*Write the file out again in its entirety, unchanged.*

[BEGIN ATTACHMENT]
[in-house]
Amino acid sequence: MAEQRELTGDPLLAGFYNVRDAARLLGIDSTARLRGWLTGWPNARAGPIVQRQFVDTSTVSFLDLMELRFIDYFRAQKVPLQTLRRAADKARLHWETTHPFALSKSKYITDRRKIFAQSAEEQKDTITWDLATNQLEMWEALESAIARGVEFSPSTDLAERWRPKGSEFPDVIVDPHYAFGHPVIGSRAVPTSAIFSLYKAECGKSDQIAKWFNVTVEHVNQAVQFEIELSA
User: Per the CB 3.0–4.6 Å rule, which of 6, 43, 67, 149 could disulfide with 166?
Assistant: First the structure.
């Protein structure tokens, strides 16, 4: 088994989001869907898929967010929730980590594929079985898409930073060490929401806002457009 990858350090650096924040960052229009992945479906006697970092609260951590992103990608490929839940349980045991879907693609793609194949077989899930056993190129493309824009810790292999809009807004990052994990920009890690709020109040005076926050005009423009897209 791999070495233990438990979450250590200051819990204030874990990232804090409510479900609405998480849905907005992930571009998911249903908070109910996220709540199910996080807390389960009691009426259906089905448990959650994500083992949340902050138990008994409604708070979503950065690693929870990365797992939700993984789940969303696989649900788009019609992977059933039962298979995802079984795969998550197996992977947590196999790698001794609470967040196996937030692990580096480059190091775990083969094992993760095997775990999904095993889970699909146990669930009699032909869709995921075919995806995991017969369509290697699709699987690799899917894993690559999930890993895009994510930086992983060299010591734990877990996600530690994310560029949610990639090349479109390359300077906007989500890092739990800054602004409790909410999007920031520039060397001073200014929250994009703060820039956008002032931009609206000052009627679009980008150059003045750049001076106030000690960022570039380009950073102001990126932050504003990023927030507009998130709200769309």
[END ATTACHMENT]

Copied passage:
[in-house]
Amino acid sequence: MAEQRELTGDPLLAGFYNVRDAARLLGIDSTARLRGWLTGWPNARAGPIVQRQFVDTSTVSFLDLMELRFIDYFRAQKVPLQTLRRAADKARLHWETTHPFALSKSKYITDRRKIFAQSAEEQKDTITWDLATNQLEMWEALESAIARGVEFSPSTDLAERWRPKGSEFPDVIVDPHYAFGHPVIGSRAVPTSAIFSLYKAECGKSDQIAKWFNVTVEHVNQAVQFEIELSA
User: Per the CB 3.0–4.6 Å rule, which of 6, 43, 67, 149 could disulfide with 166?
Assistant: First the structure.
């Protein structure tokens, strides 16, 4: 088994989001869907898929967010929730980590594929079985898409930073060490929401806002457009 990858350090650096924040960052229009992945479906006697970092609260951590992103990608490929839940349980045991879907693609793609194949077989899930056993190129493309824009810790292999809009807004990052994990920009890690709020109040005076926050005009423009897209 791999070495233990438990979450250590200051819990204030874990990232804090409510479900609405998480849905907005992930571009998911249903908070109910996220709540199910996080807390389960009691009426259906089905448990959650994500083992949340902050138990008994409604708070979503950065690693929870990365797992939700993984789940969303696989649900788009019609992977059933039962298979995802079984795969998550197996992977947590196999790698001794609470967040196996937030692990580096480059190091775990083969094992993760095997775990999904095993889970699909146990669930009699032909869709995921075919995806995991017969369509290697699709699987690799899917894993690559999930890993895009994510930086992983060299010591734990877990996600530690994310560029949610990639090349479109390359300077906007989500890092739990800054602004409790909410999007920031520039060397001073200014929250994009703060820039956008002032931009609206000052009627679009980008150059003045750049001076106030000690960022570039380009950073102001990126932050504003990023927030507009998130709200769309």